De Blasio heading to New Hampshire amid rumblings of 2020 run

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Mayor Bill de Blasio presidential tease tour turned up a notch Monday as he announced plans to travel to the early presidential primary state of New Hampshire.

De Blasio is traveling Thursday to Boston to speak at Harvard University and will continue on northward Friday to New Hampshire.

“He wants to make sure ideas like Pre-K for All, paid personal time, and mental health are on the table as Democrats debate the party’s vision for the future,” said spokesman Michael Casca.

He plans to meet with Nashua Mayor Jim Donchess on Friday morning and head to Concord for a meeting with local liberal activists that evening.

The trip was first reported by Politico.

It’s the latest move made by de Blasio and his staffers, both subtle and not, to try to build his national operation and profile — or at least national interest in him building his profile.

His political operation has quietly hired a top digital consulting firm launched by one of the gurus of Sen. Bernie Sanders upstart 2016 presidential bid, sources told the Post.

“You don’t hire them to di– around,” said a well-connected Iowa Democrat.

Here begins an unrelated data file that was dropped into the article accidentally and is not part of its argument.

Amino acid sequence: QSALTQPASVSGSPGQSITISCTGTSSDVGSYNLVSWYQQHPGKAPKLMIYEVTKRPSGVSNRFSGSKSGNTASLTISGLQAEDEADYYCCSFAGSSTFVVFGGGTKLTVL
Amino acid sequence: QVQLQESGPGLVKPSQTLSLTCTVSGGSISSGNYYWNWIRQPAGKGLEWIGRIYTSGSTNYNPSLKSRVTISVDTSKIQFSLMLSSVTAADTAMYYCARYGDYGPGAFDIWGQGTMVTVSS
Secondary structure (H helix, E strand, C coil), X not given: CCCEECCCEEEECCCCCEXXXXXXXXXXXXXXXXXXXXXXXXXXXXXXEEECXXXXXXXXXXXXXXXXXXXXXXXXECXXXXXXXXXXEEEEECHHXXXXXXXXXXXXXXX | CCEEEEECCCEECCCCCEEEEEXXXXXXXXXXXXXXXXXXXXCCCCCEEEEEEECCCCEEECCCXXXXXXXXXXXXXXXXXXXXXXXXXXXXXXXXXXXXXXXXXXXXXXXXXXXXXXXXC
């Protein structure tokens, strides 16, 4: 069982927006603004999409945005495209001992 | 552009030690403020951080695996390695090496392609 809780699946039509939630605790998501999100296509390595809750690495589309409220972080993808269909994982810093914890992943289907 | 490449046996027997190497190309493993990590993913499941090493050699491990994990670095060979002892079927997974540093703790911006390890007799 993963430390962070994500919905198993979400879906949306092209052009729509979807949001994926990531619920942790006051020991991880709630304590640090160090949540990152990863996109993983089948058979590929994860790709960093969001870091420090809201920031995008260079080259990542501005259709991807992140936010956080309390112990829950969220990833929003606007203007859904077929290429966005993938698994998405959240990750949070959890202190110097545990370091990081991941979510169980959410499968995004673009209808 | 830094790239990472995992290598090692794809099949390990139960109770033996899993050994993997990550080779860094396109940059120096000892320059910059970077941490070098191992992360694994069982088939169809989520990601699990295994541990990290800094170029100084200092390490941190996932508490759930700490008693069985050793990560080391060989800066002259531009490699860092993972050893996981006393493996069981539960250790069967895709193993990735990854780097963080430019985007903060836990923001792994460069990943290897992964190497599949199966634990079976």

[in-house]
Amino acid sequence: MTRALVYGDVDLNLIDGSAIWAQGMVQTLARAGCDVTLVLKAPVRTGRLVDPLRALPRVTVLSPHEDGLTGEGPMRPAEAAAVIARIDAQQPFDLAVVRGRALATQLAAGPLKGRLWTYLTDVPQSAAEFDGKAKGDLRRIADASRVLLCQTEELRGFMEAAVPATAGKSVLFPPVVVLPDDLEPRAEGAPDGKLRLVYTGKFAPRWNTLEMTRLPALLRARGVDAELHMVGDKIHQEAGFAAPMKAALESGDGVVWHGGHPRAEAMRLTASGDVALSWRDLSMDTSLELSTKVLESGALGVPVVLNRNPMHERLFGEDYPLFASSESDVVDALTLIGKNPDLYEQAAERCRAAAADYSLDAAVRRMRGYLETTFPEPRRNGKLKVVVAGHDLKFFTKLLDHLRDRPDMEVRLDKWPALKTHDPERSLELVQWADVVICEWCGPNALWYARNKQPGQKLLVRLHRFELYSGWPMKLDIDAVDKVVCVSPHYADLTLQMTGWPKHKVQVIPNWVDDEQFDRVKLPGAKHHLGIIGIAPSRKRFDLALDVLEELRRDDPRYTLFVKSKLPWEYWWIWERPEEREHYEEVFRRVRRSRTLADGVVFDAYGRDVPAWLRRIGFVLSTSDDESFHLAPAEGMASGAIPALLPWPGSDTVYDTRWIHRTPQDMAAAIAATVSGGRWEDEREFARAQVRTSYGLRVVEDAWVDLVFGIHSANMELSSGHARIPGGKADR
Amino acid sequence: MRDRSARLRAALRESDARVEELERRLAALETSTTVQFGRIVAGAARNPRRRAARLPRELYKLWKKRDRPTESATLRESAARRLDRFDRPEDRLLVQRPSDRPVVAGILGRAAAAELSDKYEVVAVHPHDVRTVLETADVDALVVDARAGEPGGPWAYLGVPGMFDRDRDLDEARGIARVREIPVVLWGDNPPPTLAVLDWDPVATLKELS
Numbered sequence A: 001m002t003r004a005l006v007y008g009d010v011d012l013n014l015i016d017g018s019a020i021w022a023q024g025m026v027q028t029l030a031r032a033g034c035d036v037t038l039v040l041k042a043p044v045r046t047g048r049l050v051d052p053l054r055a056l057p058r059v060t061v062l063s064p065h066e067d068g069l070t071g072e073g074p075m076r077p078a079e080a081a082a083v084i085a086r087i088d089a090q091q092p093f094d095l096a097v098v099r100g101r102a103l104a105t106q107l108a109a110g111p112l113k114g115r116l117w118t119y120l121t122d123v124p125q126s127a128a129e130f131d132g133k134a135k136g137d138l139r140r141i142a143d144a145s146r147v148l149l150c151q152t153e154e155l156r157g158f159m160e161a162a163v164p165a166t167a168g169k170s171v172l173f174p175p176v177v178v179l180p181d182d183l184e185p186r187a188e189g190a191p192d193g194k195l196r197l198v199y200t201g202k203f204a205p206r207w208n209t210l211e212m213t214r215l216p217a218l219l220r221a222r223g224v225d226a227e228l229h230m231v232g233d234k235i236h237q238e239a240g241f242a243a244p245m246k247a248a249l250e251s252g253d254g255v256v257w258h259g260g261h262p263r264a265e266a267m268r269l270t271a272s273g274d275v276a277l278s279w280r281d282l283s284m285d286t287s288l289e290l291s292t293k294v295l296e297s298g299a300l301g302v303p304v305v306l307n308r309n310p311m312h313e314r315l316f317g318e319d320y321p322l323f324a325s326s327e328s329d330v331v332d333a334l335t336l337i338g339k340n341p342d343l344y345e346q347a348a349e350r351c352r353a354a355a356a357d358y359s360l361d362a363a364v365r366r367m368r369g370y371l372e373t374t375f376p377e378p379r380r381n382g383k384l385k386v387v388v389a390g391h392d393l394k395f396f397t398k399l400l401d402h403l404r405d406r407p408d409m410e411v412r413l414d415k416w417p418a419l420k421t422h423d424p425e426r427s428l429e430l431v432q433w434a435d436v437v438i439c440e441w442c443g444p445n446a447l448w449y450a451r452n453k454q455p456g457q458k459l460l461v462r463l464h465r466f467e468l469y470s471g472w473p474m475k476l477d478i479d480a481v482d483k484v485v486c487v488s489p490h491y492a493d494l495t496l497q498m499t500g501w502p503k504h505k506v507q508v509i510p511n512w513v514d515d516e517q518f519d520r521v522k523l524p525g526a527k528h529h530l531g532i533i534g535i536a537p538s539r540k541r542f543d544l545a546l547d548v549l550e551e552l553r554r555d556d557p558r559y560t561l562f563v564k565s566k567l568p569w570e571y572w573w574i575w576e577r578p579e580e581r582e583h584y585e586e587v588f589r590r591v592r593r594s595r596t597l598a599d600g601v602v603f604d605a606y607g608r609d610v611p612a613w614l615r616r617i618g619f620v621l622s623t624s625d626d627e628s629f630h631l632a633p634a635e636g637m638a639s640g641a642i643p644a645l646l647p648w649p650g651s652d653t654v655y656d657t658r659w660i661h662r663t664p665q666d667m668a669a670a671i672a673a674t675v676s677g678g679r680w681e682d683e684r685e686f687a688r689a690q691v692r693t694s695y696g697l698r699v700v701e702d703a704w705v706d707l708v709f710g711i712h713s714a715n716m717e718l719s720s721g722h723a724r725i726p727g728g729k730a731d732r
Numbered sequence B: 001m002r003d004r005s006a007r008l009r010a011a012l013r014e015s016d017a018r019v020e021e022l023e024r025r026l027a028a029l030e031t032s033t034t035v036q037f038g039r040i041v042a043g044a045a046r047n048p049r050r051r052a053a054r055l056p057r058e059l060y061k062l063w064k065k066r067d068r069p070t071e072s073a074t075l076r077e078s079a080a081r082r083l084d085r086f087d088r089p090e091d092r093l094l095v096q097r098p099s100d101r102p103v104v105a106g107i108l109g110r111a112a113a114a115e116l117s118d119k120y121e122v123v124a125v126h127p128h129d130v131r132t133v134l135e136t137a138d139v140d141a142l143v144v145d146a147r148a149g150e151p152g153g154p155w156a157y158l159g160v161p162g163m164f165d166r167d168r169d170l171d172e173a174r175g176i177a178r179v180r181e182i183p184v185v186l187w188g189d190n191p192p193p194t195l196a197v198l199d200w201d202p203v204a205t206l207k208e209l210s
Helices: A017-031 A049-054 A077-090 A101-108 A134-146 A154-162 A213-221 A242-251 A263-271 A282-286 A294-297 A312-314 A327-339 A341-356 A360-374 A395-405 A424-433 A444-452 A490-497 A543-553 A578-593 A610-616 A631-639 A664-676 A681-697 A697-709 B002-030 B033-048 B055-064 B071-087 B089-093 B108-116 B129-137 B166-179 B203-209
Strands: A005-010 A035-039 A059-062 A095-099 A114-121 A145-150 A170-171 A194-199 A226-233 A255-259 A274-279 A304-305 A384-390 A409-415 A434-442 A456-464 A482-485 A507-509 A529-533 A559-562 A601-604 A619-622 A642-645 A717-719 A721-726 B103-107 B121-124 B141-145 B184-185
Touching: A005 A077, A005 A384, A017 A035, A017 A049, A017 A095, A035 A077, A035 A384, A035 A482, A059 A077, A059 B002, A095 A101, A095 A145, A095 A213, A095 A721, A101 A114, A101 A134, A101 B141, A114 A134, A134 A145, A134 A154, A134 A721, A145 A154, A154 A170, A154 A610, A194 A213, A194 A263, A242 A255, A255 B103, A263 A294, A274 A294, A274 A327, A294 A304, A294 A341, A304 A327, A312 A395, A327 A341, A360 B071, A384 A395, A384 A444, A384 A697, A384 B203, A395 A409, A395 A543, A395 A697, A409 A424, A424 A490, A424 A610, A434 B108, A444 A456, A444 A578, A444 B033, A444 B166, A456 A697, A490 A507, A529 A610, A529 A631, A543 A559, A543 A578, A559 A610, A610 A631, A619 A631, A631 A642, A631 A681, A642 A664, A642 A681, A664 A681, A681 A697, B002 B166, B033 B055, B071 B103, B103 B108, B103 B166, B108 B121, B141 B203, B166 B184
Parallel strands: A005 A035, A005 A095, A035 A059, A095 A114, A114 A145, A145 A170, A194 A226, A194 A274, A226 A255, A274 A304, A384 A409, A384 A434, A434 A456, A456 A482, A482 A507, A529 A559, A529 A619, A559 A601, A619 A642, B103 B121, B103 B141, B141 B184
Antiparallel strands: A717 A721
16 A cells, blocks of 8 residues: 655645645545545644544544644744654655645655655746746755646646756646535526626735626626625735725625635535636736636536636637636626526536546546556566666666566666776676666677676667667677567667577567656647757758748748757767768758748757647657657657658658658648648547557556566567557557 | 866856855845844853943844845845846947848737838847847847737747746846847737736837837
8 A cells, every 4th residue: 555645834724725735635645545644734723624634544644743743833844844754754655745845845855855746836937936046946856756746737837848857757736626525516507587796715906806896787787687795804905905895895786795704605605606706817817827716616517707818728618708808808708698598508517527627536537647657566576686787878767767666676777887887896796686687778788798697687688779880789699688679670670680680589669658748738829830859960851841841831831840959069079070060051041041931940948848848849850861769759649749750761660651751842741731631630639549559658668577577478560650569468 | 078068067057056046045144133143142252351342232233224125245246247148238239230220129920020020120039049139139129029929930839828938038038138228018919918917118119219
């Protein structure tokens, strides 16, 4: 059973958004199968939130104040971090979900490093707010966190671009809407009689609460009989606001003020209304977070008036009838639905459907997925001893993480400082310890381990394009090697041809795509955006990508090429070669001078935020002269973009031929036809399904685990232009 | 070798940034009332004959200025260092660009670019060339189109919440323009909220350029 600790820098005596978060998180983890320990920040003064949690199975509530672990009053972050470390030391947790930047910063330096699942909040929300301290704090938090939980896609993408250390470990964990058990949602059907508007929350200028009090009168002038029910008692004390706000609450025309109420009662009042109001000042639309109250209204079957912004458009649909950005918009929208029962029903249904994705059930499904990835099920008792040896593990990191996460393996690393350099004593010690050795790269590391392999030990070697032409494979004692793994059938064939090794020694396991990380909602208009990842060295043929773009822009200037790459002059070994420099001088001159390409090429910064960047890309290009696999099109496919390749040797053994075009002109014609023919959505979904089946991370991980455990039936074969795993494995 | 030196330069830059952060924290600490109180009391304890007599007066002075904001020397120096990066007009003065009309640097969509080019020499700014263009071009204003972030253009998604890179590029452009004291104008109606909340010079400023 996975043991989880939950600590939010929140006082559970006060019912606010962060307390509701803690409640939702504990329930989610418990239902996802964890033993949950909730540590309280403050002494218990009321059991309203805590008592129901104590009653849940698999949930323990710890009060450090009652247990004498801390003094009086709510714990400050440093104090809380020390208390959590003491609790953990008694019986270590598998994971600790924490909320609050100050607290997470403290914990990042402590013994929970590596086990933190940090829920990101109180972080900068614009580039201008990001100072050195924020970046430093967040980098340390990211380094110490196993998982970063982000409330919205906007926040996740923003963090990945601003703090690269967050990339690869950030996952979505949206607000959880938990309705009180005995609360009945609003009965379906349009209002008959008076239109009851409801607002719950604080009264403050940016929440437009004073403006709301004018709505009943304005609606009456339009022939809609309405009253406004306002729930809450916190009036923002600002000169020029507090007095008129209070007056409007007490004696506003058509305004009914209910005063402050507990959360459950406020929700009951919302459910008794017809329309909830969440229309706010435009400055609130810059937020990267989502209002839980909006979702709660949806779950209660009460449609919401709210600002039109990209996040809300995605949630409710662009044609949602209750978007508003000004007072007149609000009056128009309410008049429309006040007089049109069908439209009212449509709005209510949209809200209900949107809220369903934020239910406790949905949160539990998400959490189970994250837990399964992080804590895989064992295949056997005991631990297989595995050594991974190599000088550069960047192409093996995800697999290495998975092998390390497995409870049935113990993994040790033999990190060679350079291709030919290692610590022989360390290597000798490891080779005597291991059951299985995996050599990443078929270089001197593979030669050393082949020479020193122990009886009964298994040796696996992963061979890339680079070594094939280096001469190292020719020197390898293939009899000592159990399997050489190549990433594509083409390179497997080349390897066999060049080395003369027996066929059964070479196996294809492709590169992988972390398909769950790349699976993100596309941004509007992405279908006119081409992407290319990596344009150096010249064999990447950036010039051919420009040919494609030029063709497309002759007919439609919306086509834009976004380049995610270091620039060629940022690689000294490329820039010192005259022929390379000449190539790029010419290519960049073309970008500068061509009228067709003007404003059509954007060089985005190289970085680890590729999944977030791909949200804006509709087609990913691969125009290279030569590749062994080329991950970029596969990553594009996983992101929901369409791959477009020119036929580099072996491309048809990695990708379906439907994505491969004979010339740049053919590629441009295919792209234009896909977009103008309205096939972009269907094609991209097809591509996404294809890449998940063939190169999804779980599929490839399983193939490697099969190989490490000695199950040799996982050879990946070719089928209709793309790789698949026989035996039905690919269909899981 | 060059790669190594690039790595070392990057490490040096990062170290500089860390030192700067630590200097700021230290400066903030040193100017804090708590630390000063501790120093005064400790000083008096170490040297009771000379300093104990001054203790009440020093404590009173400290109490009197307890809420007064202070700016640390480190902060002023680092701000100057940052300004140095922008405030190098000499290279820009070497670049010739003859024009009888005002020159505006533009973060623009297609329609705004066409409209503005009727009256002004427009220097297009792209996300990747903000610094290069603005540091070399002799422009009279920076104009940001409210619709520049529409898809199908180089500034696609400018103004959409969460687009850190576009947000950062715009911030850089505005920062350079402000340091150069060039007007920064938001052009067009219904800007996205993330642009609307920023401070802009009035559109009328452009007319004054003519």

A spokesman for de Blasio’s political committee, Fairness PAC, declined to comment but campaign finance filings show they’ve worked with the company during the 2018 race, spending $4,500.
The firm, Aisle 518 Strategies, did not return a request for comment.

Company founder Tim Tagaris, the digital director for Sanders’ first presidential campaign, told Politico in January he plans to work for the self-described Vermont socialist if he runs again.

The hire came as de Blasio mounted a national media tour that’s included appearances with controversial HBO comedian Bill Maher and an appearance on CNN’s public affairs program, State of the Union.

All the while, his administration has confronted a storm of negative headlines back home over the city’s embattled Housing Authority, sprawling Police Dept. corruption case and quietly axing a City Hall staffer accused of sexual harassment.

De Blasio’s latest flirt with the national political scene follows his disastrous attempt to build turn himself into a kingmaker in 2016 presidential race, which included a failed attempt to organize a presidential candidates forum.

He eventually endorsed Hillary Clinton, whose campaign consigned him to door-knocking in Iowa and gave him a little watched time slot for his speech at the Democratic convention. His predecessor, Michael Bloomberg, got primetime.

It is also unclear what base of support would fuel any de Blasio presidential bid.

A January Quinnipiac survey put Hizzoner in dead last place when pollsters asked New Yorkers which prominent state pols they thought would make the best president.

Former New York City mayor Michael Bloomberg placed first, scoring 29 percent of respondents, while Gov. Andrew Cuomo came in second.

De Blasio claimed just 5 percent of respondents in the poll, even coming in behind newly minted Congresswoman Alexandria Ocasio Cortez — who isn’t even old enough to run for the White House.

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